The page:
6.  Oil grill grates, heat grill on high heat for 10 minutes to heat completely.  

7.  Once the grill is hot, place chicken on the grill, bone side down for 45 minutes.  Turn chicken over to cook skin until crispy (5 - 8 minutes).  

8. Remove from grill, cut chicken into quarters.  Serve with additional jerk sauce on the side.

Make sure that skin is crispy and spicy!
To serve as a side dish with the chicken, I made Jamaican rice and peas.  Traditionally, the “peas” are pigeon peas, but are often substituted with kidney beans (which is what we used).  It is very simple to make and is the perfect sweet pairing with the spicy Jerk chicken.  The combination of tastes is delicious and creates the perfect balance -- I wouldn't serve Jerk chicken with anything else.

Jamaican Rice and Peas

2 tbl of vegetable oil
1/2 of yellow onion 
2 cloves of garlic
2 tsp of dried thyme
1/2 tsp of all spice
1 can of kidney beans, drained and rinsed
1 cup of water
1 cup of chicken stock
1 15 oz can of coconut milk
2 habanero peppers
2 1/4 cups of white rice
2 stalks of green onion, sliced
1 lime, sliced into wedges

1.  Dice half of the yellow onion and mince two cloves of garlic.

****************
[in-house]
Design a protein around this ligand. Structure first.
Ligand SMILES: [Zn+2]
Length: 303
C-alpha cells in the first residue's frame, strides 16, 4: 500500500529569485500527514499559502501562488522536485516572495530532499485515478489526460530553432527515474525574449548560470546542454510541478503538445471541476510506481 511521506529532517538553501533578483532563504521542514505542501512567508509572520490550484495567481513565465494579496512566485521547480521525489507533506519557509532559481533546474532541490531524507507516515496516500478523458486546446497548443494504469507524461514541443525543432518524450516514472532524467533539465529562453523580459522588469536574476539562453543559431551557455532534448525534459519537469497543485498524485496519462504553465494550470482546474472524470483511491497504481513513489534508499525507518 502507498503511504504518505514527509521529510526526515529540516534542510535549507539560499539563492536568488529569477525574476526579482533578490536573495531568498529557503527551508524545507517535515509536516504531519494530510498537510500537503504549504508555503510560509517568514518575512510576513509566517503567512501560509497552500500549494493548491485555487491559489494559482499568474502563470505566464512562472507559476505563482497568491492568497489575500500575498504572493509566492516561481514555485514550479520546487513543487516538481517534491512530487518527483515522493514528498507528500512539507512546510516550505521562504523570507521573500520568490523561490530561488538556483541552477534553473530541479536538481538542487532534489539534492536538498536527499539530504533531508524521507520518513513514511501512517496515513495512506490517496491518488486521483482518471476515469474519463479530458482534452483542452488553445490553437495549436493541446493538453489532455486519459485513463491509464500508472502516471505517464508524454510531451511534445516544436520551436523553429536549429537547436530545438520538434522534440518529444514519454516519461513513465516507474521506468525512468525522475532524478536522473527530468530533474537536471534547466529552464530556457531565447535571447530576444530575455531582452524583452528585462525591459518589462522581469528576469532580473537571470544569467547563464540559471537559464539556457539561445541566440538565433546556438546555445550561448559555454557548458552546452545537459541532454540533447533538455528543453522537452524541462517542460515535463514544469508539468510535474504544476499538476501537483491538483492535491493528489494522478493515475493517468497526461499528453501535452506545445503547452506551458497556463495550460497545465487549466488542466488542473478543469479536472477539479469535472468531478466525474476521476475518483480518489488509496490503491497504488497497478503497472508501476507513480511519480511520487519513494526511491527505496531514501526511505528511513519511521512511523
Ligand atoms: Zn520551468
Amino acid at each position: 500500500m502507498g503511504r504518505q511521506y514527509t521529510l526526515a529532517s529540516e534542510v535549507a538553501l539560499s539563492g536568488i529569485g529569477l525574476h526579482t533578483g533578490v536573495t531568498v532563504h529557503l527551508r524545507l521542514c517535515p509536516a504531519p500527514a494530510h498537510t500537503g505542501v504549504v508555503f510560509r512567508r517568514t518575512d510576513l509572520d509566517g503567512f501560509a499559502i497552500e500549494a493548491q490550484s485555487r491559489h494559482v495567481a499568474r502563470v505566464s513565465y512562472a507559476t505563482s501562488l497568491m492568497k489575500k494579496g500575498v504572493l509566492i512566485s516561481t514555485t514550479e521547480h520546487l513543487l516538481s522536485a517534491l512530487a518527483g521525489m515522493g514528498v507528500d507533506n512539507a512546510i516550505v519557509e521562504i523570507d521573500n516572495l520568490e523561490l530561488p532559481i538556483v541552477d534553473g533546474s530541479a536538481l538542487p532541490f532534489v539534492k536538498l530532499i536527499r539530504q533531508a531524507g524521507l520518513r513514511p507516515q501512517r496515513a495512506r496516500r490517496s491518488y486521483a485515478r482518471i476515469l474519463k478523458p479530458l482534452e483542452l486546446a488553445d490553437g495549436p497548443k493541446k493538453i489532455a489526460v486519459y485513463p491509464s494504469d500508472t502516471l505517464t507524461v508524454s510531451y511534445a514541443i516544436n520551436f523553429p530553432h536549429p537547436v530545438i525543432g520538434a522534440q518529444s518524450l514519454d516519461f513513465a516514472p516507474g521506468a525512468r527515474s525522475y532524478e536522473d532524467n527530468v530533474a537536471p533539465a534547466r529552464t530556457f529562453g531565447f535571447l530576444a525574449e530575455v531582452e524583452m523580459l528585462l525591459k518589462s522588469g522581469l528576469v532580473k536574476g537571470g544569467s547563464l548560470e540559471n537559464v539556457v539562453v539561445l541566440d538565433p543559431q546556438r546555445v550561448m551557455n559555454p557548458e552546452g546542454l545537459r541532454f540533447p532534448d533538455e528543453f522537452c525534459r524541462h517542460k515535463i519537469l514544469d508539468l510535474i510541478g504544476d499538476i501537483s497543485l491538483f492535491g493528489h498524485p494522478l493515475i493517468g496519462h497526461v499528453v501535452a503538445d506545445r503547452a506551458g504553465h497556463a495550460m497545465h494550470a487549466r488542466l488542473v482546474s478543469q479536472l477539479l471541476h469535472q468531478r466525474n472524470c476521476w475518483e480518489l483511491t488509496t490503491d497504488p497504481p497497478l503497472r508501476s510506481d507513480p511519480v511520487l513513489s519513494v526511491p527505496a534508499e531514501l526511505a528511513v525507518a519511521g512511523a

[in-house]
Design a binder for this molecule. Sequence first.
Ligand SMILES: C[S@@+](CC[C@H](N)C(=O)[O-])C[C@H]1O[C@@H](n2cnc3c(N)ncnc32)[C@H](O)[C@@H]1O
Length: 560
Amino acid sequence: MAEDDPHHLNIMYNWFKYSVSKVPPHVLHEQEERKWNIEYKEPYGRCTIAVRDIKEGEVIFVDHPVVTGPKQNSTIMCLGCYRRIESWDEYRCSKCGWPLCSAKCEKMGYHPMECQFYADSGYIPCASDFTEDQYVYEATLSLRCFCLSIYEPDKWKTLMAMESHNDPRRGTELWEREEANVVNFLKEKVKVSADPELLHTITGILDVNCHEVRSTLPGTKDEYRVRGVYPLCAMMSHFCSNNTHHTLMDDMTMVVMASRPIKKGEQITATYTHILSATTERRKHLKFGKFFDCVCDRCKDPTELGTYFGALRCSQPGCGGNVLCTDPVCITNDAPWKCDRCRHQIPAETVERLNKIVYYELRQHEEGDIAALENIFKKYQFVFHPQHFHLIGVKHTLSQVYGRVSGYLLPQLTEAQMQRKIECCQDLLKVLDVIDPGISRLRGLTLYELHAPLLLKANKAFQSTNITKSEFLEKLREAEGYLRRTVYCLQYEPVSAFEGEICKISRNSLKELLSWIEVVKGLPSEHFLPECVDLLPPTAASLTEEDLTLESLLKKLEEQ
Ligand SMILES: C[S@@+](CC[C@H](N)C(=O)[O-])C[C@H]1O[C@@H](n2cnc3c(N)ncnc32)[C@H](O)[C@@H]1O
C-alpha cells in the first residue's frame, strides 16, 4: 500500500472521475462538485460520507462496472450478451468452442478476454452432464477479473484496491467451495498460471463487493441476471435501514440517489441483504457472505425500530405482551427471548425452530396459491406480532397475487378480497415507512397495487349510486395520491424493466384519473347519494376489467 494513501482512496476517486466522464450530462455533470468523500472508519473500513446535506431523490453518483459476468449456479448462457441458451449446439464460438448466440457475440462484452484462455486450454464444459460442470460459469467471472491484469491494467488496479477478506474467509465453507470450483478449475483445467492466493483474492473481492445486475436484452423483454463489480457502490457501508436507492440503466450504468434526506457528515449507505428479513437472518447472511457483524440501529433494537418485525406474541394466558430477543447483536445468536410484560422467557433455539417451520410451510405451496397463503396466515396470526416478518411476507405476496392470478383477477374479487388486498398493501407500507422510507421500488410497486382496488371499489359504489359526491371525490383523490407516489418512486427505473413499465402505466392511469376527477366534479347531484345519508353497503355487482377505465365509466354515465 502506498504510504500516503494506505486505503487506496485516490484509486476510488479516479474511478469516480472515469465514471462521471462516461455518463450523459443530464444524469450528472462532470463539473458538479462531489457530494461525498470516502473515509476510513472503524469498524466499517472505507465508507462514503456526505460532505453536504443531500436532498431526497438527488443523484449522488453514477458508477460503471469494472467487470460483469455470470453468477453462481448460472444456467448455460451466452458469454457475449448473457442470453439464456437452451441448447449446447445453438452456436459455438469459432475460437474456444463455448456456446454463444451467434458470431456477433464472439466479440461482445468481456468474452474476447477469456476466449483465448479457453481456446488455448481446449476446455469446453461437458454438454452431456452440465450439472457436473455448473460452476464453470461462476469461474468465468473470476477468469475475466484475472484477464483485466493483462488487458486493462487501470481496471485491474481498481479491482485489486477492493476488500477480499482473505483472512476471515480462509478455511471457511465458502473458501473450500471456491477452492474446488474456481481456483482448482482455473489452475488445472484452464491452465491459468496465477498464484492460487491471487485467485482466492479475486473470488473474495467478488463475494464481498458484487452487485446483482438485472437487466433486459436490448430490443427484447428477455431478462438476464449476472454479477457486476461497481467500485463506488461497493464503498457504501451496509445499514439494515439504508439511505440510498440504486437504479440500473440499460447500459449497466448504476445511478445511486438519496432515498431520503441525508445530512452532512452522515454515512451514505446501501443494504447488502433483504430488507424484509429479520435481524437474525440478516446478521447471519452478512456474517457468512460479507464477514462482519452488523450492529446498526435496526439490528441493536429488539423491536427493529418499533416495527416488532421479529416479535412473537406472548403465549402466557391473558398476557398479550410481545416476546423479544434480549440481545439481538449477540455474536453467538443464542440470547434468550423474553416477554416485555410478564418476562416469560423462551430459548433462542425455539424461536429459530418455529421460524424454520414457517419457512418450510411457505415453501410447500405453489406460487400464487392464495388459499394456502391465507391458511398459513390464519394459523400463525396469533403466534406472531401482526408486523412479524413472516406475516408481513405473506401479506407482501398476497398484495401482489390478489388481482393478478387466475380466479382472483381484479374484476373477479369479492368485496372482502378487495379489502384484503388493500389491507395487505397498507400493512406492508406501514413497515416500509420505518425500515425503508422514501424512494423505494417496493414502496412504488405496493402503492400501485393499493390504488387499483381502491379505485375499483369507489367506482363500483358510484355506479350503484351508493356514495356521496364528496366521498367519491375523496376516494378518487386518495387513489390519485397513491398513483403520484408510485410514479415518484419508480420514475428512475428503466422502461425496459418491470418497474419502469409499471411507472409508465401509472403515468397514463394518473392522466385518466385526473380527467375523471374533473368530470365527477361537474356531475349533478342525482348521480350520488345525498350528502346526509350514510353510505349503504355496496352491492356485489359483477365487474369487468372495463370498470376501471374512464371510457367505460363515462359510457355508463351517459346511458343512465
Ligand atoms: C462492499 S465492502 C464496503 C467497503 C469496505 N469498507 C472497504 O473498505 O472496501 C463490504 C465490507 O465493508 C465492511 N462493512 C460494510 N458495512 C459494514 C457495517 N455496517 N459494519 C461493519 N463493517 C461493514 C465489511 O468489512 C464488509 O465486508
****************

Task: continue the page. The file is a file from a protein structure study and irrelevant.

2.  Heat a large stock pot/Dutch oven over medium high heat.  Add two tablespoons of vegetable oil.  When the oil is heated, add onions.  Saute for 6-8 minutes until tender and translucent.  Add the garlic.  Heat for another minute or two until softened.

3.  Add the thyme and all spice to the onion/garlic mix.  Stir and cook for one minute until fragrant.

4.  Add the water, chicken stock, coconut milk, kidney beans, and habanero peppers to to the pot.  Cook until warmed and blended, about 8 minutes.

5.  Add the 2 1/4 cups of white rice.  Reduce the heat to medium low (to a simmer) and cover with a lid.  Cook for about 20 minutes, until the rice is fully cooked, stirring occasionally.

6.  Remove from heat and keep covered for 10 minutes.  

7.  Slice green onions and lime.

8.  Add green onions to the rice, gently mixing in, and serve with a wedge of lime (don't forget to squeeze the lime juice on the rice and over the chicken when ready to eat!).  

Now your dinner is ready!  Serve with Red Stripe...

It's a requirement!
 ...and this reggae mix created by my friend Mike over at the Midnight Raver Blog, which was an awesome accompaniment to our food and friends:
1. Run Run - Delroy Wilson 2. Run Run (Version) – Delroy Wilson 3. Natty Inna Babylon Dub – Impact All Stars 4. Natty Don’t Go – Cornell Campbell 5. Struggle – Gladiators 6. Sinsemilla – Barrington Levy 7. Peace Begins Within – Nora Dean 8. Poor Man Style – Barrington Levy 9. Guts – Gladiators 10. Addis Ababa – Willi Williams 11. Declaration of Rights – Abyssinians 12. Far Beyond – Leroy Williams & New Establishment 13. Streets of Gold – Gladiators 14. Murderer Dub – Augustus “Gussie” Clarke 15. I Love I Love You – Barrington Levy

 and is posted here for your listening pleasure. 

Don't worry, Mike (and his lovely wife) got to eat the Jerk chicken with rice and peas, while listening to the mix... we had our own little Sunsplash Sunday Reggae party.